S/he was perfect, just not breathing. These words always catch my attention when I'm reading other people's stories. I always draw up short, realizing that I don't say that about Henry. I don't say he was perfect, instead I lead off with what was wrong.
Maybe it is the need to respond to the space left after you say, "My baby died," to answer the question that statement raises, or my own need to tell about what I've been through, or my inability to capture Henry's spirit in mere words. I tend to rely on an outline of his story, the key events in a neat package for those times when small talk questions lead to the uncomfortable ground of a dead baby.
The Story I Tell
Henry was diagnosed before birth with a small hole in heart (a VSD). We thought it would close up on it's own over time. We learned shortly after he was born that he had Down syndrome and that he had a full AV canal defect. He needed oxygen and was taken away to the NICU at another hospital before I had a chance to hold him and barely got to see him. I couldn't get to him for two days. He spent 9 days in the NICU and came home on oxygen. He had open heart surgery at 3 months. He recovered normally from surgery and came home off oxygen for the first time. We were excited to have him healthy!
Two weeks later he seemed to have a cold. We went to the pediatrician, who immediately put him on oxygen and called an ambulance. As soon as we got to the hospital, Henry was put on a ventilator. Two days later he was transferred back to Children's Hospital in Boston. We were there for three months, during which time he was on and off the ventilator, underwent a lung biopsy and two cardiac catheterizations, and a million other tests. We learned that he had an exceptionally thick cardiac septum, pulmonary hypertension, and another pulmonary issue. He almost died in October from an infection, but pulled through. In December, he was finally discharged on oxygen and a daunting med schedule. He looked good and we were excited to bring him home, but two days later he got sick and ended up in the hospital again. He was put on a ventilator and nitric oxide. He crashed three times; the third time they could not bring him back. I was there, holding his little foot and singing to him when he died.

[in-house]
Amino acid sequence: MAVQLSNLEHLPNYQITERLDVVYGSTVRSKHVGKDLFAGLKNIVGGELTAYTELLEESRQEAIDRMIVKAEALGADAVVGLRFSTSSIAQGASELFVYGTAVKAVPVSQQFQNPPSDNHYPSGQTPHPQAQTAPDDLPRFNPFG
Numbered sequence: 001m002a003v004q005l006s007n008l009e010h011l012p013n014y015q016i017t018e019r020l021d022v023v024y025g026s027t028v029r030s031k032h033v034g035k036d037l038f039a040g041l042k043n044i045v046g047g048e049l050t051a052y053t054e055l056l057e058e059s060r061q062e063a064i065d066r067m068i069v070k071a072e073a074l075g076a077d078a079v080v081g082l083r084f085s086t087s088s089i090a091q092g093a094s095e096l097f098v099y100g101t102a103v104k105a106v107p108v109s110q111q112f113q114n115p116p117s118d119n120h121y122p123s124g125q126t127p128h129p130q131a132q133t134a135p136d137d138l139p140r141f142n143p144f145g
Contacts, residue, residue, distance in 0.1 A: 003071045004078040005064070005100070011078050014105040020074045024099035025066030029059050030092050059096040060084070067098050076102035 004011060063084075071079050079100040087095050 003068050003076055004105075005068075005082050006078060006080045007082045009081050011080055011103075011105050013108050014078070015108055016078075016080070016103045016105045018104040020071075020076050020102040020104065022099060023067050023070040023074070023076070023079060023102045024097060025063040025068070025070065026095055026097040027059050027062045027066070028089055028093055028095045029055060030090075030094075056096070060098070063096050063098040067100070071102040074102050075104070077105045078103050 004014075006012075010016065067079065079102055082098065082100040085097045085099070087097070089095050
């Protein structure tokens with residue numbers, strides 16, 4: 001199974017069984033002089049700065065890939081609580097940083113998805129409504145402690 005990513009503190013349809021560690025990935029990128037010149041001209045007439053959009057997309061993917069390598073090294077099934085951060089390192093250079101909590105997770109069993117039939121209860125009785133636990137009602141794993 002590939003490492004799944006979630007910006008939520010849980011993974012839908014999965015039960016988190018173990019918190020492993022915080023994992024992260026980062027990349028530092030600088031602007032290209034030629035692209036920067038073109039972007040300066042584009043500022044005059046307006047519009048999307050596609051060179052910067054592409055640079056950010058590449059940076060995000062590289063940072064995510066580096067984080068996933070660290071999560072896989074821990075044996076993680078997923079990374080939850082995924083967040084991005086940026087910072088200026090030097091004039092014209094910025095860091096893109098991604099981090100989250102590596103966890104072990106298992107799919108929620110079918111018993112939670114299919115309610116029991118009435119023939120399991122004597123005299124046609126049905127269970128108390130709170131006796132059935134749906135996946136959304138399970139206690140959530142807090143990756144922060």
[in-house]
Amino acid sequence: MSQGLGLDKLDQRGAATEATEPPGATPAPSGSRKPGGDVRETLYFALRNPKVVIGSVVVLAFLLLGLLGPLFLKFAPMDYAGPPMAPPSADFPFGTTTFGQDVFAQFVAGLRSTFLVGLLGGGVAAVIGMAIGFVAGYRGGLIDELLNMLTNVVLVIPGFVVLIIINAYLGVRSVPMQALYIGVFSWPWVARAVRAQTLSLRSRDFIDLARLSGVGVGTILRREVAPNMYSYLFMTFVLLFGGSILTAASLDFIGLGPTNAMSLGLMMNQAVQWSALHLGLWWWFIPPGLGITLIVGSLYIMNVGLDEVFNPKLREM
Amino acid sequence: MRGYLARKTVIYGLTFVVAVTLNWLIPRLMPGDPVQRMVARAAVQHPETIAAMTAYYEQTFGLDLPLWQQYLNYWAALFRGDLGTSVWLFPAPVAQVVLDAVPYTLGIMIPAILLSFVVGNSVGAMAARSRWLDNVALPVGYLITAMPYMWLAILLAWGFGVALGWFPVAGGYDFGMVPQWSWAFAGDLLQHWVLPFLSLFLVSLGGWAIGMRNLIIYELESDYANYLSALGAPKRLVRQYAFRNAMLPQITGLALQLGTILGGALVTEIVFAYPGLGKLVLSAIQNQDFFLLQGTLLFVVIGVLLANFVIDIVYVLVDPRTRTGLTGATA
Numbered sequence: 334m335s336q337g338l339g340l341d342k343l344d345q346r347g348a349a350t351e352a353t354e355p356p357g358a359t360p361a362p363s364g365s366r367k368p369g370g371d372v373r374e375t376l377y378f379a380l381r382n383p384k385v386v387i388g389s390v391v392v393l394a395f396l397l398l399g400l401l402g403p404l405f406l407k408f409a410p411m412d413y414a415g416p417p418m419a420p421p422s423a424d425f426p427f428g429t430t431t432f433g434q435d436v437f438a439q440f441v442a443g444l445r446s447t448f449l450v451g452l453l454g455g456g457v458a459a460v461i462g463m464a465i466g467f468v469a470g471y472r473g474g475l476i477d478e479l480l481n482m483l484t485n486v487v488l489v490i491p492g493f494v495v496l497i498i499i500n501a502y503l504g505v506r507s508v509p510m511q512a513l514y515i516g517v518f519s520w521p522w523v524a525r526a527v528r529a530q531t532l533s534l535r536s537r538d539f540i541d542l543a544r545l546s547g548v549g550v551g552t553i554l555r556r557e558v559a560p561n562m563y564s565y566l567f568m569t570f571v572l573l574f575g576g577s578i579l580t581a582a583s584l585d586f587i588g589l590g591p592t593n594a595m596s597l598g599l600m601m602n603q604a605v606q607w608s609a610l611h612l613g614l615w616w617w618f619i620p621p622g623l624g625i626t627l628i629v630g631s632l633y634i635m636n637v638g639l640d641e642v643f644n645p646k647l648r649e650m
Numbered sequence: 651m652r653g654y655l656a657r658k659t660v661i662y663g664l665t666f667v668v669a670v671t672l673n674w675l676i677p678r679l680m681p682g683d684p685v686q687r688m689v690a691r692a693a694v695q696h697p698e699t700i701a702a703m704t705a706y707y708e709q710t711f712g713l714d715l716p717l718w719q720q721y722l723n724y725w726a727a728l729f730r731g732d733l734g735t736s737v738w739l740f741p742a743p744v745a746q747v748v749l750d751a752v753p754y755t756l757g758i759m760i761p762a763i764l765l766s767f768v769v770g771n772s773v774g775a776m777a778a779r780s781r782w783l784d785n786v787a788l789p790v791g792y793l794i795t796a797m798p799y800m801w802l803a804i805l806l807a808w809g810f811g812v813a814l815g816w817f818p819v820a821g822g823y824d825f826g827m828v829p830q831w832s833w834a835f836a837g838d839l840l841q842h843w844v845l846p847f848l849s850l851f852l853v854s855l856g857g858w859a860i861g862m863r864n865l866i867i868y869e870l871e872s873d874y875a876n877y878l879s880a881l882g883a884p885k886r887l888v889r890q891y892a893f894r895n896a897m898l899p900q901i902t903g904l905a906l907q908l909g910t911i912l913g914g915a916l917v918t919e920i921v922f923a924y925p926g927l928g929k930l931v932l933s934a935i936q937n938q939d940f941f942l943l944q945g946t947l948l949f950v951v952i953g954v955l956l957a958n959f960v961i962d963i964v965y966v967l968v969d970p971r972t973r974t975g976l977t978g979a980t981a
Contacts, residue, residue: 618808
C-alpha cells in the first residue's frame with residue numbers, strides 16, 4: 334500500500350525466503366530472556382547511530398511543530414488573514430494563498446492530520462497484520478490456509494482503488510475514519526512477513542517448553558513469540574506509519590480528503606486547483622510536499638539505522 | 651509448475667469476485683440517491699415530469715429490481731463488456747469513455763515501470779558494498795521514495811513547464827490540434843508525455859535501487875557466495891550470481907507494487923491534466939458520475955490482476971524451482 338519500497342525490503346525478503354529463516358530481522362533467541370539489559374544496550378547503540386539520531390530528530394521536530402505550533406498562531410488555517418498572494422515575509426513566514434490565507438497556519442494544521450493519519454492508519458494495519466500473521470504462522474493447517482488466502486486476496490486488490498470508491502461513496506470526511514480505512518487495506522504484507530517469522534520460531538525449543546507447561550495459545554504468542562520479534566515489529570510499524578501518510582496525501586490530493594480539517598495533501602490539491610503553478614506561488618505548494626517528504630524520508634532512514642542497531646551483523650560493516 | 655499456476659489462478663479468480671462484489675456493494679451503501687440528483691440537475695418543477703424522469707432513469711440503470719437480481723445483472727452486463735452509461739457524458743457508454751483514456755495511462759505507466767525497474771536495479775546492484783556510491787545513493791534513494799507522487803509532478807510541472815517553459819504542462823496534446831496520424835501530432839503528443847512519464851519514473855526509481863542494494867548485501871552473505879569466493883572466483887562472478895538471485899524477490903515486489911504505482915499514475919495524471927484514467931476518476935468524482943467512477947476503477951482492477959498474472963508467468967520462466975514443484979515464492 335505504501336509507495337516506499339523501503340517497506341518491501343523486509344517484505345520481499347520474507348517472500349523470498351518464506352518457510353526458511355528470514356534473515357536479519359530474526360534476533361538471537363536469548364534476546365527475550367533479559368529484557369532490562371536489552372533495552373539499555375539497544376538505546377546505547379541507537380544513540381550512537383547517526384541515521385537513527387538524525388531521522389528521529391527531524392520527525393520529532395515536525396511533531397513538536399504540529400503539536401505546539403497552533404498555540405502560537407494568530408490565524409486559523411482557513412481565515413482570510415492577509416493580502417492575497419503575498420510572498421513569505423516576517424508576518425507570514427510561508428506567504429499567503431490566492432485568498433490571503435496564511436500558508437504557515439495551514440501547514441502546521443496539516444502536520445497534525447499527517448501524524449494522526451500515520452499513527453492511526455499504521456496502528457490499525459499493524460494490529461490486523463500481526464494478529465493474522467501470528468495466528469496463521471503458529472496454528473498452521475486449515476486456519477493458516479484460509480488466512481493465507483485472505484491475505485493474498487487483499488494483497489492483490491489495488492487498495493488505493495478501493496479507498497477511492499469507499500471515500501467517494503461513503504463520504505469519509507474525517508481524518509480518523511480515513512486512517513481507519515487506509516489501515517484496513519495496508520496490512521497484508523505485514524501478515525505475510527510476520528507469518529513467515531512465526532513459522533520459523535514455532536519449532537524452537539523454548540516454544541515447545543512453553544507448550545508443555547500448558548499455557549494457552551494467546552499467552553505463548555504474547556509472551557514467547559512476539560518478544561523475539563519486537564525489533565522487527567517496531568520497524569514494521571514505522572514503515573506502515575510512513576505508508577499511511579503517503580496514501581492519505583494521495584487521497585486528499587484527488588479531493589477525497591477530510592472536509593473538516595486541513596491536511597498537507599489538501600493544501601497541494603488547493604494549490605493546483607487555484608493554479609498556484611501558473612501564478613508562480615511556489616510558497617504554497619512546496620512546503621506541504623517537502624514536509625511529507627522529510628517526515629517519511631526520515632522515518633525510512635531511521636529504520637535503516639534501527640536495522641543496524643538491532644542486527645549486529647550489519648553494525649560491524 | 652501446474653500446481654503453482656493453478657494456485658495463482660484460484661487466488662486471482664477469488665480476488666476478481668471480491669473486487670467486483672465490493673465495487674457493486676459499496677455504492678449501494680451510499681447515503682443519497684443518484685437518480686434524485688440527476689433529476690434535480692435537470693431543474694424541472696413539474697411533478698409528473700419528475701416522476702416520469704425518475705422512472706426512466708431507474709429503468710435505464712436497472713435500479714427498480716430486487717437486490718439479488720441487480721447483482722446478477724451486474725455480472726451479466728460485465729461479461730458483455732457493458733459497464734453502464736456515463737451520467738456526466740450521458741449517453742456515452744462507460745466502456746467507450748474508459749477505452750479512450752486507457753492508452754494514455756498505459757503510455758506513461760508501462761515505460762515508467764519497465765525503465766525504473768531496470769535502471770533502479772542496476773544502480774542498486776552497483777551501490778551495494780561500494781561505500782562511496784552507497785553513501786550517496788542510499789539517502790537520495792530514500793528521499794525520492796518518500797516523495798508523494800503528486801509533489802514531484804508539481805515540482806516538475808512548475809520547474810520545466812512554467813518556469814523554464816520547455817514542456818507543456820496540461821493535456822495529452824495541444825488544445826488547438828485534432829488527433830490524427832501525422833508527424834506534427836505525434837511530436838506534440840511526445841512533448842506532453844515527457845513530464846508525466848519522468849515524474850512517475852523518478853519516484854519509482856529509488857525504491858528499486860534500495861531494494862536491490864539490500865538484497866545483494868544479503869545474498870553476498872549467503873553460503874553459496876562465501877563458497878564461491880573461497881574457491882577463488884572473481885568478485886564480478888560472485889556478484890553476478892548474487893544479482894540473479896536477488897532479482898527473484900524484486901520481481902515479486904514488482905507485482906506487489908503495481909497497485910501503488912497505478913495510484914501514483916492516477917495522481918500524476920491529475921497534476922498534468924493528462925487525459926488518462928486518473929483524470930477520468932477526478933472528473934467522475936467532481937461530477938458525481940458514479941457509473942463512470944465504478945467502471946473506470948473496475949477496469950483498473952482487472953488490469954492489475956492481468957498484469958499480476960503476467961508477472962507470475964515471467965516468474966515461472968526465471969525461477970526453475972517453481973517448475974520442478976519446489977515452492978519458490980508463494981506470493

What I Wish I Would Say
When I first held Henry, I felt utterly right and I relaxed for the first time since the doctor first came into my recovery room with a grave face.
In the early months of Henry’s life I would lie in the early morning resting with him on my chest. It was perhaps the most profound peace I have ever felt.
Henry had a smile that lit up his entire body. So many times that smiled rescued me from fear, exhaustion, and despair.
Henry amazed me: he kept smiling, kept doing new things, remained strong, despite so many days sedated. He was so intent, so determined the way he focused on faces of everyone who held him, the way he worked at getting his hand in his mouth, the way he kicked at his chime toy.
I love Henry with a depth and an intensity I could not imagine before he came—and I miss him with an equal depth and intensity.